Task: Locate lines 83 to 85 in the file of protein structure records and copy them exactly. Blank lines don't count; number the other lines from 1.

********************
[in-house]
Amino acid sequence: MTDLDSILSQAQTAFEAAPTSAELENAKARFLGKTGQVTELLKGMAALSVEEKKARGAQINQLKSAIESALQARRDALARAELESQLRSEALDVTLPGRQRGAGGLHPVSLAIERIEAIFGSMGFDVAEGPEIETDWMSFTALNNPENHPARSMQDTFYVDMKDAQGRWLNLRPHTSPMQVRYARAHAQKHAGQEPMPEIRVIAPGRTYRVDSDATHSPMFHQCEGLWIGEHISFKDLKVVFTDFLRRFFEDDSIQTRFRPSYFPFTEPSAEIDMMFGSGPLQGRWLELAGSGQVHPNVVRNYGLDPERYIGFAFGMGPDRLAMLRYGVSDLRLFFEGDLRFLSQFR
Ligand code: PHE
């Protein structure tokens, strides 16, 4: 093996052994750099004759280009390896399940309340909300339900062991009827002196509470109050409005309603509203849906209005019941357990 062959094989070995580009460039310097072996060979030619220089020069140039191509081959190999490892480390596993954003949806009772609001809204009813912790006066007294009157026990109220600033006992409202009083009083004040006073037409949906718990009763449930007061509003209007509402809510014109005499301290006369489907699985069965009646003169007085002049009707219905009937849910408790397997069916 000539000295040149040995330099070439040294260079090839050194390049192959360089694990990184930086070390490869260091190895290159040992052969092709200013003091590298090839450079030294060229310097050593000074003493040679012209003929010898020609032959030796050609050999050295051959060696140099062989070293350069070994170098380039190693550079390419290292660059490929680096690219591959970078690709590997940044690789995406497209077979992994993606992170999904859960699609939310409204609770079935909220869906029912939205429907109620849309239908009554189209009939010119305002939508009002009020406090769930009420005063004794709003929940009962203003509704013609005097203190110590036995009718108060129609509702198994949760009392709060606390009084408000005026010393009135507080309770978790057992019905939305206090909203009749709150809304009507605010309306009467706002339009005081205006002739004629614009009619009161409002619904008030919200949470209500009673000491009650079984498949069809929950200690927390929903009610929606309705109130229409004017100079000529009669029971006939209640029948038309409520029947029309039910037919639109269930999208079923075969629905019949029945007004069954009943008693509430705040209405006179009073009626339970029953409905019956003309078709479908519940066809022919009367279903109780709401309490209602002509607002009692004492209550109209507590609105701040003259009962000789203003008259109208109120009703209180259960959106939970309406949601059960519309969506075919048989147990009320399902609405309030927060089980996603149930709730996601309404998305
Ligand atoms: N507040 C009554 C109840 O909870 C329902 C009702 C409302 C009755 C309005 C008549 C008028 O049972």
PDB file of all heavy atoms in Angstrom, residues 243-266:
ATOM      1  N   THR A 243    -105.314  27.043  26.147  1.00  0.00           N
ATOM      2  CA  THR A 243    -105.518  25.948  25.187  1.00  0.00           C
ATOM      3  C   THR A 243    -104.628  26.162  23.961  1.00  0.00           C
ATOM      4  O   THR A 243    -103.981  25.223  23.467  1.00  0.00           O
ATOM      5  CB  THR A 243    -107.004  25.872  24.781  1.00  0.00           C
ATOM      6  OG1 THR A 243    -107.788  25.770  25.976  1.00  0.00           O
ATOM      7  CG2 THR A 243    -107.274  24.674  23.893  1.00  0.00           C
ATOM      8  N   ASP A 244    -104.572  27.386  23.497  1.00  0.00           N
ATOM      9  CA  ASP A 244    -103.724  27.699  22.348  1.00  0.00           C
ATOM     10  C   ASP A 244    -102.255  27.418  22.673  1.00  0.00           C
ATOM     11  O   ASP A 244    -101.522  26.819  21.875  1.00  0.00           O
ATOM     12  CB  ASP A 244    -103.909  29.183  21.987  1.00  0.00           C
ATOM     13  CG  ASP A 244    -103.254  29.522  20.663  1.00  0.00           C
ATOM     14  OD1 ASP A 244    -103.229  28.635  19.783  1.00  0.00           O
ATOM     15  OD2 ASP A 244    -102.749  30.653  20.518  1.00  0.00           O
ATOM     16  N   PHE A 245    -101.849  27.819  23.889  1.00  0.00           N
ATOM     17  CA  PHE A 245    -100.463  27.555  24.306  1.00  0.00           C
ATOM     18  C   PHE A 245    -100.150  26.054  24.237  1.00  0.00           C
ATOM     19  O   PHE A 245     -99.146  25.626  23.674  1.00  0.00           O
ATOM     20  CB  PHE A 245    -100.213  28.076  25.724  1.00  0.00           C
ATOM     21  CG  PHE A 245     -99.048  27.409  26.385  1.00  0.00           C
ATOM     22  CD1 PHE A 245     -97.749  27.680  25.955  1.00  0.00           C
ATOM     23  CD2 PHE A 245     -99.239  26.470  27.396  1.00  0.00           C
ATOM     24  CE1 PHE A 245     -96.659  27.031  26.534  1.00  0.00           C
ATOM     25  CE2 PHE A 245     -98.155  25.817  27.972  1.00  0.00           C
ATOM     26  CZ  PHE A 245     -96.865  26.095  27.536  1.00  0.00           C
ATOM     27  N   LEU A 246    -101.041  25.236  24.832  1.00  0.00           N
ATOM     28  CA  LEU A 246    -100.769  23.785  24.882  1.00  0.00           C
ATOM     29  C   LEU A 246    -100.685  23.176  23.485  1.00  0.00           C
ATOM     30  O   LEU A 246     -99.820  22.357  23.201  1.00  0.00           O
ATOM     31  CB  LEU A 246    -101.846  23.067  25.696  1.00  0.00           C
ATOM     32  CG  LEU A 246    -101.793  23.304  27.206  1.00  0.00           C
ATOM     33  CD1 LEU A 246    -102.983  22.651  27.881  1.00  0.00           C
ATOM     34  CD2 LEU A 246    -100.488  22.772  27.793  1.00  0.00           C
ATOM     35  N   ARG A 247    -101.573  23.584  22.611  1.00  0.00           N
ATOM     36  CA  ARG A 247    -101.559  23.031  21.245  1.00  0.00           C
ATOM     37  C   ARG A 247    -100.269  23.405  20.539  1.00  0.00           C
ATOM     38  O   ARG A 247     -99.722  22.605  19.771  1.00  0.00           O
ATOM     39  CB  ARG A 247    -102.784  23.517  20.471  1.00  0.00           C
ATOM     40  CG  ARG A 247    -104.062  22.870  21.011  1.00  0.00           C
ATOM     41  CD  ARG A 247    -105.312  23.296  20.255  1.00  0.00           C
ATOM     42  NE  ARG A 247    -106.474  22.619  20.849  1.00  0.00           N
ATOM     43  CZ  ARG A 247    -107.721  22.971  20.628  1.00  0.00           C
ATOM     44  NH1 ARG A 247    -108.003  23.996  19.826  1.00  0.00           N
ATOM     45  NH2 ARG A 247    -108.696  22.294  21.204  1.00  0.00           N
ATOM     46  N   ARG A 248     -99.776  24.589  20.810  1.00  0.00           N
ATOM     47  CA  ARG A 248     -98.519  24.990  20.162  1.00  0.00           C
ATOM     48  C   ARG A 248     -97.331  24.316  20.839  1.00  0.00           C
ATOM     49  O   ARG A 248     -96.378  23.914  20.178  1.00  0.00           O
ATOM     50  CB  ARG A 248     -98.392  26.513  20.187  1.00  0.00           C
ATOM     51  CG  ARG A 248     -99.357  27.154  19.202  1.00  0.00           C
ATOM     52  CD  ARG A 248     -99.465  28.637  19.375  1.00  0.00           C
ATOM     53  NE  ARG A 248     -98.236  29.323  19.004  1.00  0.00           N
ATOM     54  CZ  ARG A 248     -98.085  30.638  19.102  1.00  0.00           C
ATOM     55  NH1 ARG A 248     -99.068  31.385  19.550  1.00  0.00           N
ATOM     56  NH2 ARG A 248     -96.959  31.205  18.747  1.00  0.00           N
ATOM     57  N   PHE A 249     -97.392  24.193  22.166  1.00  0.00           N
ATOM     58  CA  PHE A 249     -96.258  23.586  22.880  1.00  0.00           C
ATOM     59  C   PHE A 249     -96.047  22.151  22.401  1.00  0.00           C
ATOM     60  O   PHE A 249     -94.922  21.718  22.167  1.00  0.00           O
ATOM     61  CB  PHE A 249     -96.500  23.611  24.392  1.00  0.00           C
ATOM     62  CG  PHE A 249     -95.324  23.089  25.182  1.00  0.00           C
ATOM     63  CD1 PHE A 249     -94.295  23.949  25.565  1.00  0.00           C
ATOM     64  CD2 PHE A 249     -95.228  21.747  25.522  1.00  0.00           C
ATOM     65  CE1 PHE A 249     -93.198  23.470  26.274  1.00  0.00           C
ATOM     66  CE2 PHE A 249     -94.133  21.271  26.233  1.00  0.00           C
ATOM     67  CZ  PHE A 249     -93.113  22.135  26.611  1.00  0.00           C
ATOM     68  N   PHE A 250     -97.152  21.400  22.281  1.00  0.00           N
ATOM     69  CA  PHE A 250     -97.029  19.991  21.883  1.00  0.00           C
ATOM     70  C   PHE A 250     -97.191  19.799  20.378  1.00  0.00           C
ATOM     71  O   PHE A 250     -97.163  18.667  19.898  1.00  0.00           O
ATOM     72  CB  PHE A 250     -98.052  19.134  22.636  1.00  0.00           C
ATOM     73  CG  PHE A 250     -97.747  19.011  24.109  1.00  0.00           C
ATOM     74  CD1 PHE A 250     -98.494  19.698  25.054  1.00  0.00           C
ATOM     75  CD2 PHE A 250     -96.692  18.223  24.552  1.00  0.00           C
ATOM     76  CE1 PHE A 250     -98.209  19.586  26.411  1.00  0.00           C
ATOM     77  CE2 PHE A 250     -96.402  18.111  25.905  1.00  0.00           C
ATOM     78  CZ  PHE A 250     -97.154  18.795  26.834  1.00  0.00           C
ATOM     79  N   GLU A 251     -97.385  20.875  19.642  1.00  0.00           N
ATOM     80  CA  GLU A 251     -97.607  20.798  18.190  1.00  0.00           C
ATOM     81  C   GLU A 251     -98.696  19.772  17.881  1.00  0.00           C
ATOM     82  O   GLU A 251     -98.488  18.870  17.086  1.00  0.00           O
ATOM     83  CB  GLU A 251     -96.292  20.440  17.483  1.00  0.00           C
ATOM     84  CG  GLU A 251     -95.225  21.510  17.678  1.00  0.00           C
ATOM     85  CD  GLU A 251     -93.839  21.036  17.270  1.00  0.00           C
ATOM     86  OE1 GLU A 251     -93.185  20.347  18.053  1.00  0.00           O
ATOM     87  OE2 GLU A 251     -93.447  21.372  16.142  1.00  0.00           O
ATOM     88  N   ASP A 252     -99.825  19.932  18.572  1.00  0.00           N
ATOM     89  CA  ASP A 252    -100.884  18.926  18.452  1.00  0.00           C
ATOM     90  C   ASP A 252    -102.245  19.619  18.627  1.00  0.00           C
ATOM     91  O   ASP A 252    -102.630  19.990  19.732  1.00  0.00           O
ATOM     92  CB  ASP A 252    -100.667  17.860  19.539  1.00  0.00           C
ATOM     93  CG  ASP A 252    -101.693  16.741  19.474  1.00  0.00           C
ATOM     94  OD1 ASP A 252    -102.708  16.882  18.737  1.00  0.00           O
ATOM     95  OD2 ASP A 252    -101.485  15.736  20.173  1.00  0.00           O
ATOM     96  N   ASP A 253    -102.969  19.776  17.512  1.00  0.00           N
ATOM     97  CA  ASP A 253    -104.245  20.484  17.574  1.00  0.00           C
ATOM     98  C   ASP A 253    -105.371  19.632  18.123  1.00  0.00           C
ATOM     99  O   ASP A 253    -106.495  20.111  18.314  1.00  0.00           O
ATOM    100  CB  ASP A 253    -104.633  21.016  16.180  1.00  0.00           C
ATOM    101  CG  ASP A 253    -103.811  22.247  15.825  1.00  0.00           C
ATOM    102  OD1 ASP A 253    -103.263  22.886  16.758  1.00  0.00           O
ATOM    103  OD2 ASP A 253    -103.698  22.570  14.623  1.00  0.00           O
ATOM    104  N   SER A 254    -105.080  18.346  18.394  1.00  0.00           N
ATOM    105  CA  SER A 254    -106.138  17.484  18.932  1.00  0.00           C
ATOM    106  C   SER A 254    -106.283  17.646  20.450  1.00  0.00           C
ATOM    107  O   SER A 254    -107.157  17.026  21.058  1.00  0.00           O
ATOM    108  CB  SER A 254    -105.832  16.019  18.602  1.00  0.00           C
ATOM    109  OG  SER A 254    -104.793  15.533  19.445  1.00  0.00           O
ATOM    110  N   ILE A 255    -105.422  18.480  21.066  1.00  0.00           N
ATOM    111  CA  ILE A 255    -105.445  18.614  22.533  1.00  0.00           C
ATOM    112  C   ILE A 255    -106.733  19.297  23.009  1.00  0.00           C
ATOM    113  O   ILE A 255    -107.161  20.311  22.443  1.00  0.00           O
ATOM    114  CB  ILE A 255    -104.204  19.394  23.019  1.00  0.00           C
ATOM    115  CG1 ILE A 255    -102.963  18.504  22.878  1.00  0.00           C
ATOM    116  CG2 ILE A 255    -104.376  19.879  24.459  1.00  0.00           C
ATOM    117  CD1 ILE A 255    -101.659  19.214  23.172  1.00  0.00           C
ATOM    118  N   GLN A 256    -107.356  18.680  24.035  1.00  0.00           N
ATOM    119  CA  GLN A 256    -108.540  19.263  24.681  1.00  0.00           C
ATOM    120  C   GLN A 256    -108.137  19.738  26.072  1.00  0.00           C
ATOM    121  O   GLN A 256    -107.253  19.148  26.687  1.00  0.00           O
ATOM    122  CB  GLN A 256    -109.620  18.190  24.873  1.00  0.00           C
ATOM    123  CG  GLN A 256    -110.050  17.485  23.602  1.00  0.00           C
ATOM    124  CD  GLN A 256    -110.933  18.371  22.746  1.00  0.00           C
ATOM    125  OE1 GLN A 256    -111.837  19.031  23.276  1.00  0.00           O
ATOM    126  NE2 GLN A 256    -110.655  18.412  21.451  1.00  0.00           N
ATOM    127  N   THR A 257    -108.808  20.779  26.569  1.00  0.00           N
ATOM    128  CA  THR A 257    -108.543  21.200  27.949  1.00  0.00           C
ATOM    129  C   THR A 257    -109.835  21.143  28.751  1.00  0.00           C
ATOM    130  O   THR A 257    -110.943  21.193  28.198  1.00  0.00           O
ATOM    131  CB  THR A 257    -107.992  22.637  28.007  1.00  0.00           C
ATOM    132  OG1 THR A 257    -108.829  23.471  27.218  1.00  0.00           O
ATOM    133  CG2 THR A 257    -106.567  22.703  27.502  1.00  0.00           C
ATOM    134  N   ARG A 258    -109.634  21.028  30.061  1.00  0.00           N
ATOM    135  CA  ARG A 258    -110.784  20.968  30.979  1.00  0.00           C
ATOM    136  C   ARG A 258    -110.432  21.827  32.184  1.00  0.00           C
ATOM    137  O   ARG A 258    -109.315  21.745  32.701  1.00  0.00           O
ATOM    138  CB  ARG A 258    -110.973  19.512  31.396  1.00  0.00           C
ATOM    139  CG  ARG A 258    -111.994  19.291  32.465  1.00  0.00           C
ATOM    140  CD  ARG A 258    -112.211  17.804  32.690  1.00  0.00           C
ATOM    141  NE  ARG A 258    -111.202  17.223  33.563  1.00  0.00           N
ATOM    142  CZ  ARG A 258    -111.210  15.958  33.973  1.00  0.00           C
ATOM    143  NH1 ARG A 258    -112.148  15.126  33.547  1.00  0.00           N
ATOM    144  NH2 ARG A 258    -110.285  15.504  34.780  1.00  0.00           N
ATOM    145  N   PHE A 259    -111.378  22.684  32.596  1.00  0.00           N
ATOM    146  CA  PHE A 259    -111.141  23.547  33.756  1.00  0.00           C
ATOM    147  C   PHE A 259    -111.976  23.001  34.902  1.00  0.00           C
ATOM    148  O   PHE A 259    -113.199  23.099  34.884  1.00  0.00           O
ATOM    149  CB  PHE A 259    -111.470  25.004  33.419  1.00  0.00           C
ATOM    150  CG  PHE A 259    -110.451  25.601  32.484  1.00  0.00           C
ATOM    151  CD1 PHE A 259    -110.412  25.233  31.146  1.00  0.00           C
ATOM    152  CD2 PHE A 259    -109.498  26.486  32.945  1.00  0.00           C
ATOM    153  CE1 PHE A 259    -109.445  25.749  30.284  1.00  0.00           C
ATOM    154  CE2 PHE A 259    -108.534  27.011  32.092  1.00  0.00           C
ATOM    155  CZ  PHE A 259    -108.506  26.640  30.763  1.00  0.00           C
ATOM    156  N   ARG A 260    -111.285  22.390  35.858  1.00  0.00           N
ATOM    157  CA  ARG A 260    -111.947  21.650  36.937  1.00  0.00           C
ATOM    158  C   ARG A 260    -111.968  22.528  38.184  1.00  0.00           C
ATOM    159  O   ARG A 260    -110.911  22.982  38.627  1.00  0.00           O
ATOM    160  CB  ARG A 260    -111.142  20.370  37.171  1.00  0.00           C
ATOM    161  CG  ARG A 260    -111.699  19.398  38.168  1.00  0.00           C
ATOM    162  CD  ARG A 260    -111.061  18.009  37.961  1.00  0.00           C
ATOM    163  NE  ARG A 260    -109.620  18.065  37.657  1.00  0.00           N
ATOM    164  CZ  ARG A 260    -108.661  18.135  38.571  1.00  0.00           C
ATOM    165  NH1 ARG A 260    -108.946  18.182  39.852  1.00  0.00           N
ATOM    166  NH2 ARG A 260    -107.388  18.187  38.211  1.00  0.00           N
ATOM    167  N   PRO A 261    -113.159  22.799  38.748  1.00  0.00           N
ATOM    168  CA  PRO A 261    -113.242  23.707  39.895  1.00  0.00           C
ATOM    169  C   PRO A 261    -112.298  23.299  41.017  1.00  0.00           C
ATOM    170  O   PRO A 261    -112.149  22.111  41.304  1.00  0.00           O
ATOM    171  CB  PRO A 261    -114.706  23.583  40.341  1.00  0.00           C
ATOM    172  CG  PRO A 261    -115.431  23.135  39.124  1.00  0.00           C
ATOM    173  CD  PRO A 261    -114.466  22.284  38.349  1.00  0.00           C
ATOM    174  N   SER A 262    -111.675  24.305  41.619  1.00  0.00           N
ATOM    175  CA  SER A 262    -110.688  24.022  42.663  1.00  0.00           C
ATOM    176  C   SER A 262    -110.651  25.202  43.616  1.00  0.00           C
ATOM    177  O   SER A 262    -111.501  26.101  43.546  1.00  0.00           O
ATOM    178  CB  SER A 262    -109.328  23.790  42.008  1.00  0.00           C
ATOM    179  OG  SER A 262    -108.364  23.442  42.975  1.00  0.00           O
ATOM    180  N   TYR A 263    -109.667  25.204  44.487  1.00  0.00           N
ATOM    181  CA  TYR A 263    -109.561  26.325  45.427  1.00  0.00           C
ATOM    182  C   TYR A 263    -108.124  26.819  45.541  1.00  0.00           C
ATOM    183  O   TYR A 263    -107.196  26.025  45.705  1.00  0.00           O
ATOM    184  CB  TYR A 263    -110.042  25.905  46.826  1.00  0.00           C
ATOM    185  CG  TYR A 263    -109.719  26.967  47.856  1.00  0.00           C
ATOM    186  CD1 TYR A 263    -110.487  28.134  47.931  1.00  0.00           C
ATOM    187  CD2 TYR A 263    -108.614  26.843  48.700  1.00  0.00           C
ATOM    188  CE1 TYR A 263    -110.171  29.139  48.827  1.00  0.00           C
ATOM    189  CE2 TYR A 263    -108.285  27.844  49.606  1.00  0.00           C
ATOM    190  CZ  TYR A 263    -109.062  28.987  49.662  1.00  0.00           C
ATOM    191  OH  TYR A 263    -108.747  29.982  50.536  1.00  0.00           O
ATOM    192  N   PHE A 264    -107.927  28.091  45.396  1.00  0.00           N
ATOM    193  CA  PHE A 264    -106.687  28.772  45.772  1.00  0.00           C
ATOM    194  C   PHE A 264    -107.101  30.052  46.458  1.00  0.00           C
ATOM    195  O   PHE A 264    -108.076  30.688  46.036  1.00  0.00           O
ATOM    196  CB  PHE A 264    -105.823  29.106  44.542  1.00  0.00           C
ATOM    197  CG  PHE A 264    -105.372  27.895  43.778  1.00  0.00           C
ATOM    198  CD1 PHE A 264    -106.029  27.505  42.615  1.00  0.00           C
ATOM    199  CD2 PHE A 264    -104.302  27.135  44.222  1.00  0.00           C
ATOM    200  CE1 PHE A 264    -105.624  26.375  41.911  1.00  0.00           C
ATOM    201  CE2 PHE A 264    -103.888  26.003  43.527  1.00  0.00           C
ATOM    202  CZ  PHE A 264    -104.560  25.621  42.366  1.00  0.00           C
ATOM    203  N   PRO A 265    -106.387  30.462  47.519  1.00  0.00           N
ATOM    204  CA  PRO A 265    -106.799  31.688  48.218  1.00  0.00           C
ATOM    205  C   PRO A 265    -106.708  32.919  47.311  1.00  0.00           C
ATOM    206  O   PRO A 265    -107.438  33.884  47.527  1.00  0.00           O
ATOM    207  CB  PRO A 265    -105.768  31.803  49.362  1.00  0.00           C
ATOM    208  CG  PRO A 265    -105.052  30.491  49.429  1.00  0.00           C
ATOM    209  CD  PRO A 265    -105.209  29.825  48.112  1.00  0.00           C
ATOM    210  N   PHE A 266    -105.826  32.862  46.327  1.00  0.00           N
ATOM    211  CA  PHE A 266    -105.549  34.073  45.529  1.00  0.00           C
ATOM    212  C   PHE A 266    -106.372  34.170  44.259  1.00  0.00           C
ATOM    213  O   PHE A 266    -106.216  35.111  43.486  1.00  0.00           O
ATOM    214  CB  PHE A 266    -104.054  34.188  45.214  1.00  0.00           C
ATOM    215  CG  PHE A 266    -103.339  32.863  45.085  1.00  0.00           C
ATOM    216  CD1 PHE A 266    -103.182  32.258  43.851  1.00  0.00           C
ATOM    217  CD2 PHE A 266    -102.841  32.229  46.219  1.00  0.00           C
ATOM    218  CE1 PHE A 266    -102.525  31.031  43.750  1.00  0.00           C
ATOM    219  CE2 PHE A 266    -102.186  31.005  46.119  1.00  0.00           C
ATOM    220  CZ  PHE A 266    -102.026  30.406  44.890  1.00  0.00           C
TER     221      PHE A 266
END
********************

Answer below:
ATOM     77  CE2 PHE A 250     -96.402  18.111  25.905  1.00  0.00           C
ATOM     78  CZ  PHE A 250     -97.154  18.795  26.834  1.00  0.00           C
ATOM     79  N   GLU A 251     -97.385  20.875  19.642  1.00  0.00           N